14 October 2007
Jatukham Ramathep: Buddhist Amulets?
All over Thailand there’s a craze going on surrounding amulets called Jatukham Ramathep (one is pictured above). These lucky charms are rather large, cumbersome looking objects seen dangling in front of the wearer’s chest, apparently as some kind of display of the protective power that these things are believed to posses. At the school in which I work here in Ubon Ratchathani, both pupils and teachers exhibit their Jatukham Ramathep talismans over their uniforms for all to see. I’m sure that if you live in Thailand and mix with Thais on a daily basis, you’ll have seen these amulets – I even know Westerners that wear them: perhaps you’re wearing one as you read this!
But what are the origins of these extremely popular idols? Well, the original Jatukham Ramathep amulets were made back in 1987 by a Thai policeman who believed that the spirit of the same name had assisted him in solving a difficult case he was investigating. In 2006, after the policeman’s death, the amulets began to become wildly popular amongst Thais who believed that they granted good fortune and solved the wearer’s problems. Today, the amulets will generally sell for anything between 200 Baht for a basic version to 1, 000 Baht for limited editions, but the highest price paid for one has been reported at 1.2 million Baht!
So, who or what is this Jatukham Ramathep that allegedly bestows such magical power? Well, nobody’s exactly sure! Two theories are that Jatukham Ramathep is a fusion of the names of two ancient princes from Southern Thailand, or that it’s an alternative name of the Mahayana Buddhist deity Avalokiteshvara. (The significance of the latter is that Thai Buddhism is of the Theravada school, not part of the Mahayana movement, and therefore does not recognize Avalokiteshvara.)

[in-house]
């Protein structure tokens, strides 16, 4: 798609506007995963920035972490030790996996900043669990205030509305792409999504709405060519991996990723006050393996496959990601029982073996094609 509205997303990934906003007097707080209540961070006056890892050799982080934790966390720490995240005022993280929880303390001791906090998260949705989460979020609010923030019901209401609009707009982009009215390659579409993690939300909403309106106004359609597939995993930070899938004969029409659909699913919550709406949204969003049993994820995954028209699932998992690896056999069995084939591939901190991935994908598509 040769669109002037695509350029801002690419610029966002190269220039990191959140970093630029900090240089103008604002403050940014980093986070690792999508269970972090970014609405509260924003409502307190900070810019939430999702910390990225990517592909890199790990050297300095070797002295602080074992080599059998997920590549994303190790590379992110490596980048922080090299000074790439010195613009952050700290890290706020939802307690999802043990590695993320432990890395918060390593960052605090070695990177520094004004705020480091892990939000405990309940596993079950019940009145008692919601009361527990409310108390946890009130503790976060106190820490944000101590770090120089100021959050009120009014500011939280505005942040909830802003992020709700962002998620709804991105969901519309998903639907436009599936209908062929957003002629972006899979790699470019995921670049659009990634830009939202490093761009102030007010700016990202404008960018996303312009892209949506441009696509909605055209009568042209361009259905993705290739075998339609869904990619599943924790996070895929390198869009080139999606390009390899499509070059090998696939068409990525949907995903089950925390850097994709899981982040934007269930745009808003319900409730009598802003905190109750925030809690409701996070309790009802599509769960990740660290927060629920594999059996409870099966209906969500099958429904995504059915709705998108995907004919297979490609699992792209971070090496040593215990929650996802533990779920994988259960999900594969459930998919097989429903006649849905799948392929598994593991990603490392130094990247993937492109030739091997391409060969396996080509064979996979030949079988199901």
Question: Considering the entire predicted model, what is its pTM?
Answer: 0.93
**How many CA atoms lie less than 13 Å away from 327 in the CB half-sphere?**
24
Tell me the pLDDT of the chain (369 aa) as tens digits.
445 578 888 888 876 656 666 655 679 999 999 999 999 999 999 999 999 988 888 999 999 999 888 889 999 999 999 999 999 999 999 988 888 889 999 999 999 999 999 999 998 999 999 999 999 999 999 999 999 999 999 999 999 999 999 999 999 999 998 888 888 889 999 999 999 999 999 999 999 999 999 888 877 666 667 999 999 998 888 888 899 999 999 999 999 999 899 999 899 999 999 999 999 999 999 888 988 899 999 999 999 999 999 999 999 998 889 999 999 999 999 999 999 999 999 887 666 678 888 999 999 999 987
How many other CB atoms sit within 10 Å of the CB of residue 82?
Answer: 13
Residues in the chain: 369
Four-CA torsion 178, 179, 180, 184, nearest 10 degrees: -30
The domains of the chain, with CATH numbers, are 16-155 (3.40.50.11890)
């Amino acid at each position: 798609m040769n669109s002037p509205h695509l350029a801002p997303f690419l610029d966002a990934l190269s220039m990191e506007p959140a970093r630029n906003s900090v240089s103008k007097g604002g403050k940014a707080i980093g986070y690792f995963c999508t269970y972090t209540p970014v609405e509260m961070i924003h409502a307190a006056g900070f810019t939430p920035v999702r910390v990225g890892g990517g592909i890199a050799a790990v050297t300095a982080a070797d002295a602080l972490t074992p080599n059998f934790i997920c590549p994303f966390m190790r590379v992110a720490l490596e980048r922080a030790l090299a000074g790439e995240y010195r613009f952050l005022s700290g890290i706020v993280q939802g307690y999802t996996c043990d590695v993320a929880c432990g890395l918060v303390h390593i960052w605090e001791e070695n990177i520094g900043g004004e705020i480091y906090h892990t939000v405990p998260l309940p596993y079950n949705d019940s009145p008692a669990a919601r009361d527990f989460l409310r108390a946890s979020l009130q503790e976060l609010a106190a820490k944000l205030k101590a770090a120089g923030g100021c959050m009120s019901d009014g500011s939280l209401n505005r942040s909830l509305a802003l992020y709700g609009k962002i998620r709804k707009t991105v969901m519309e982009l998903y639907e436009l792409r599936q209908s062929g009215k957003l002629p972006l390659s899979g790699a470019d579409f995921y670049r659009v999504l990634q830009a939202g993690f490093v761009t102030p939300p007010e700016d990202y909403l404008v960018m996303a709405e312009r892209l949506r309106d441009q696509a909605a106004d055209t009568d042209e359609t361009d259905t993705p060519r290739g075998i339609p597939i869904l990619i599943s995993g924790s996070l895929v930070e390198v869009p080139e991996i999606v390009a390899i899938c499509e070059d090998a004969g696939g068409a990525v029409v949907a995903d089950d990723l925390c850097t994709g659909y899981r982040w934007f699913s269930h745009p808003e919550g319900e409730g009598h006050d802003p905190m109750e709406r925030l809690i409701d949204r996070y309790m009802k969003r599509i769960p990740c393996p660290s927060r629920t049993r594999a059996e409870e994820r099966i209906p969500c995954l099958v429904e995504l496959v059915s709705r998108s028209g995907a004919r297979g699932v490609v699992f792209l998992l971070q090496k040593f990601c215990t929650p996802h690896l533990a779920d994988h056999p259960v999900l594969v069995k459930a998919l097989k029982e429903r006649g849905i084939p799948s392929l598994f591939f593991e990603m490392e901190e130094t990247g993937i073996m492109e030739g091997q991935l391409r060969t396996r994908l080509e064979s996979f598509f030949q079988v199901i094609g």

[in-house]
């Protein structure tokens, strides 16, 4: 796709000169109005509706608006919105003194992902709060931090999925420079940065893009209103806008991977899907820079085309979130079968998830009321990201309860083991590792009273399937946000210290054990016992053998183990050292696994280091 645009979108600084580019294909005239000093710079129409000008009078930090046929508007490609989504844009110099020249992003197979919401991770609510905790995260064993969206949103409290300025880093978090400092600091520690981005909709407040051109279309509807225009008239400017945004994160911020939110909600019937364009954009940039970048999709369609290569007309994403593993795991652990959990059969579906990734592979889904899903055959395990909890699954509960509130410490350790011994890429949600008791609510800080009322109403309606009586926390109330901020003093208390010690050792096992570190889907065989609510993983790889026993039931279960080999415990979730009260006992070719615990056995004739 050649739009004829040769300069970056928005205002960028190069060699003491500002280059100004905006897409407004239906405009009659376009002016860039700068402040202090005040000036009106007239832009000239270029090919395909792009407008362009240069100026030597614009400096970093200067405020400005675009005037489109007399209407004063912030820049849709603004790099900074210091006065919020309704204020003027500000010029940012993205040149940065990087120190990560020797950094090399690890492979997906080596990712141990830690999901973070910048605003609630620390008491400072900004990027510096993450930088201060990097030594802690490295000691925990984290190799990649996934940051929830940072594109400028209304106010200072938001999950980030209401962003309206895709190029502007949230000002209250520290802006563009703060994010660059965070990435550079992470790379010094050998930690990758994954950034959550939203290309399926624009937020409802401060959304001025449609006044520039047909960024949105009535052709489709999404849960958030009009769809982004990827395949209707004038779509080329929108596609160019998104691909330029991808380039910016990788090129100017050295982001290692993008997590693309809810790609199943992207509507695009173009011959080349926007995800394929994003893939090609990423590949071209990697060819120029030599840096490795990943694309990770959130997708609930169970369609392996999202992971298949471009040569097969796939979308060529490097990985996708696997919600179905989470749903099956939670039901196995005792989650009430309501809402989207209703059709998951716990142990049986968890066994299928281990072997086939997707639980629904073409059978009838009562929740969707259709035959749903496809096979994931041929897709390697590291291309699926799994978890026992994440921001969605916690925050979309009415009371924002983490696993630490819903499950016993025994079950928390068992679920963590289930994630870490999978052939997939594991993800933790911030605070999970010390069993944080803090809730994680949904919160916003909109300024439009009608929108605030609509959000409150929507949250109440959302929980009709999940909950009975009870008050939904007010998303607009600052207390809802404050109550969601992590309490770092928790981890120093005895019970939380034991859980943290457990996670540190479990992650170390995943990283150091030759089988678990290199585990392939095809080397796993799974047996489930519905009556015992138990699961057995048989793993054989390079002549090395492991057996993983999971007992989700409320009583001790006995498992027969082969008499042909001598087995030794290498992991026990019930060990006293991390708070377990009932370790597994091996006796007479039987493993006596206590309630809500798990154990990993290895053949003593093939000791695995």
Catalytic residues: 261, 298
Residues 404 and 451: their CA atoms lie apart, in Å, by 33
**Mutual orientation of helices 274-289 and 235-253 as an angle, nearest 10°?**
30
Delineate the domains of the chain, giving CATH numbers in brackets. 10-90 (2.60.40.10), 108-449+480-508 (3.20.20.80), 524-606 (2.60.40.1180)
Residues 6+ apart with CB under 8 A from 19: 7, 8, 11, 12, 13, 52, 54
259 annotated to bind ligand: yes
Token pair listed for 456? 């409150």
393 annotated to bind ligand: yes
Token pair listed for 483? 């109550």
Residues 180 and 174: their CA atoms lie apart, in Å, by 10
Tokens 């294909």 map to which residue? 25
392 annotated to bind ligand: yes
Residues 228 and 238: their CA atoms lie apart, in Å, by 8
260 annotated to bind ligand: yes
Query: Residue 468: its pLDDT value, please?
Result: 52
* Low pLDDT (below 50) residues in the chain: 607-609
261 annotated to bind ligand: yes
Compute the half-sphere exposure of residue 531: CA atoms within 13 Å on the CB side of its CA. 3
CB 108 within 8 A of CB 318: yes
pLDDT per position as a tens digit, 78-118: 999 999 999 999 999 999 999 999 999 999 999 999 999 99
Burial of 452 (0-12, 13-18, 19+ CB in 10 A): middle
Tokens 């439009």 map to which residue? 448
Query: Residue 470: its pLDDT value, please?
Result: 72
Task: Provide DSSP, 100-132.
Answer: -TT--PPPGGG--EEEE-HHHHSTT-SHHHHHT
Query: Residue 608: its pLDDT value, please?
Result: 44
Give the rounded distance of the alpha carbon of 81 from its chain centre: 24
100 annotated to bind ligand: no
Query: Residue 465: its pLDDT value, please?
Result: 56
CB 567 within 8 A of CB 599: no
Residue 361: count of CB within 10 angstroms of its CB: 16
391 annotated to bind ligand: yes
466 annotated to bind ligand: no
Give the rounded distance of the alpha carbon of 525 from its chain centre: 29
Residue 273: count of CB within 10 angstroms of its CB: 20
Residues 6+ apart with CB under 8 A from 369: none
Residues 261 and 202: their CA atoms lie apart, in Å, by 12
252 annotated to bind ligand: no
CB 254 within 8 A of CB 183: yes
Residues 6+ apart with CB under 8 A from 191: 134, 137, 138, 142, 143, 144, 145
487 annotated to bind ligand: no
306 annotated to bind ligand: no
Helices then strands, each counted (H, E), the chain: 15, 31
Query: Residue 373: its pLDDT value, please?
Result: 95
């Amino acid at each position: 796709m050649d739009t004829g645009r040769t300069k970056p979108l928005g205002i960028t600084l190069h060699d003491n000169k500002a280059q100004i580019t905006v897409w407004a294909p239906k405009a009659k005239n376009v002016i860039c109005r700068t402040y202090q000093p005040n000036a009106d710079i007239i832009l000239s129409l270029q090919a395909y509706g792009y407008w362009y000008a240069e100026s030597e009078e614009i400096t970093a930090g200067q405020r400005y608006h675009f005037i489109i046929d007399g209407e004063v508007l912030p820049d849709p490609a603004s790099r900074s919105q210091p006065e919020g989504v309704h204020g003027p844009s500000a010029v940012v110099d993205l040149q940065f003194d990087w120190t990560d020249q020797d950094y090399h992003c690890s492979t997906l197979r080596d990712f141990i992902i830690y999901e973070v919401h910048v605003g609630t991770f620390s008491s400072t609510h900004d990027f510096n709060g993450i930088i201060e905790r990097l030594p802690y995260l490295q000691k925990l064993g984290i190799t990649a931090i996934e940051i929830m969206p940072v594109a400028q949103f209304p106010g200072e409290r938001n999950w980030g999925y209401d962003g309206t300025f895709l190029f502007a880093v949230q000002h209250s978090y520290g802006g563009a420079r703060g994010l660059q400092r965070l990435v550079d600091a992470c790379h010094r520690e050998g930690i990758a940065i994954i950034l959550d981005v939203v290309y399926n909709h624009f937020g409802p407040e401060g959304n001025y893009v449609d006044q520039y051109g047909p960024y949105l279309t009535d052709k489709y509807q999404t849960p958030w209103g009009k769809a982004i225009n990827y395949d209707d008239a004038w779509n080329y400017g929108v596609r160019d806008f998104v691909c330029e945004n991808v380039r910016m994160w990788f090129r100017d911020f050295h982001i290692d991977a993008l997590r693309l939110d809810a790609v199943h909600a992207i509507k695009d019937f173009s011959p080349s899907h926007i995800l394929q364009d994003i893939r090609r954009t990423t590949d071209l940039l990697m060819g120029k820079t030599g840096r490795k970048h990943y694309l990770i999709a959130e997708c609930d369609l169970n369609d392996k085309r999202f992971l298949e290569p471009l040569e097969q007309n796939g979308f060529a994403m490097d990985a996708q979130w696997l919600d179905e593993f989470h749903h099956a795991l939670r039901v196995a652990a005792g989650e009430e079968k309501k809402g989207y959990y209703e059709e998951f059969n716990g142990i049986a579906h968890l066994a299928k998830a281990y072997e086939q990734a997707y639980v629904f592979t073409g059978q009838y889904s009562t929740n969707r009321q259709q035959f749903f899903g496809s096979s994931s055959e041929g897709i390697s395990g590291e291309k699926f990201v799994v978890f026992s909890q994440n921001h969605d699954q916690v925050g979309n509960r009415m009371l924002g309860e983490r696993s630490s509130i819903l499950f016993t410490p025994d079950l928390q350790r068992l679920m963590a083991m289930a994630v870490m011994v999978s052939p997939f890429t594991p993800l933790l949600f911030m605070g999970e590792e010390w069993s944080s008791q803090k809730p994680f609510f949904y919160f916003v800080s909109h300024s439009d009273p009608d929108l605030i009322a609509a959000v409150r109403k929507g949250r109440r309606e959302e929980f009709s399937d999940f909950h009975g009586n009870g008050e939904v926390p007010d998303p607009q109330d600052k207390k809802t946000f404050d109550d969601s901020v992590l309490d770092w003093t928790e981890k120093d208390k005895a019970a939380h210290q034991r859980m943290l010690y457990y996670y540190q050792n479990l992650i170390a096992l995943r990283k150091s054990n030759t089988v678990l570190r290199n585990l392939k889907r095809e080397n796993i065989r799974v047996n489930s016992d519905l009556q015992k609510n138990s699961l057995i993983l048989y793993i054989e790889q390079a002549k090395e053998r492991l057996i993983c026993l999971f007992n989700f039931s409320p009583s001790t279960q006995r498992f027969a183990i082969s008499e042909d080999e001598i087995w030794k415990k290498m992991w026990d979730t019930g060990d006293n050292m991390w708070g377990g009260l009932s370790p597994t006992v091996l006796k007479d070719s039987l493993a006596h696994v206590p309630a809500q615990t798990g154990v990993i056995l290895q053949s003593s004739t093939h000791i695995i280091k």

Whatever the genesis of these amulets, the fact remains that they are very popular nowadays: so popular that there was a stampede when some people attempted to reserve talismans in the South of the country where they are produced and blessed, killing one woman. (She obviously wasn’t on Jatukham Ramathep’s friendship list!) A similar story in the news related to a driver of a Mercedes that thought he might be invincible due to the supposed protection of the Jatukham Ramathep talisman that he was wearing. Apparently, he tried to get across a level crossing while a train approached, but the magical power of the train must have been stronger – the guy was crushed to death!
As you might have guessed by now, I’m pretty skeptical about the efficacy of these things: you’re right! It’s not just my cynical Western upbringing that’s to blame for this lack of faith, nor such (amusing?!) stories as the two cited above. It’s the fact that as a Theravada Buddhist, I know that the Buddha taught against the superstitious use of such objects. I also know that roughly 95% of all Thais are said to be Buddhist, but that doesn’t seem to translate into all of them following the guidance of the Awakened One. (Most Thais that I know drink alcohol for instance, despite the fact that the fifth precept that Buddhists undertake is to refrain from drink and drugs.)
In the upasakadhamma, a set of five qualities that all Buddhists should aspire to, the use of amulets and lucky charms is discouraged, with the belief in (and comprehension of) kamma (action) and the results of action being encouraged instead. Buddhism, despite what one might think observing popular religion in Thailand, is not superstitious or fanciful in nature. But the use of Jatukham Rammathep amulets and their like distract their users away from the true teachings of the Buddha, and lead to an increase in worldly delusion rather than its ending as promoted in the Buddha Dhamma (Buddhist Teachings).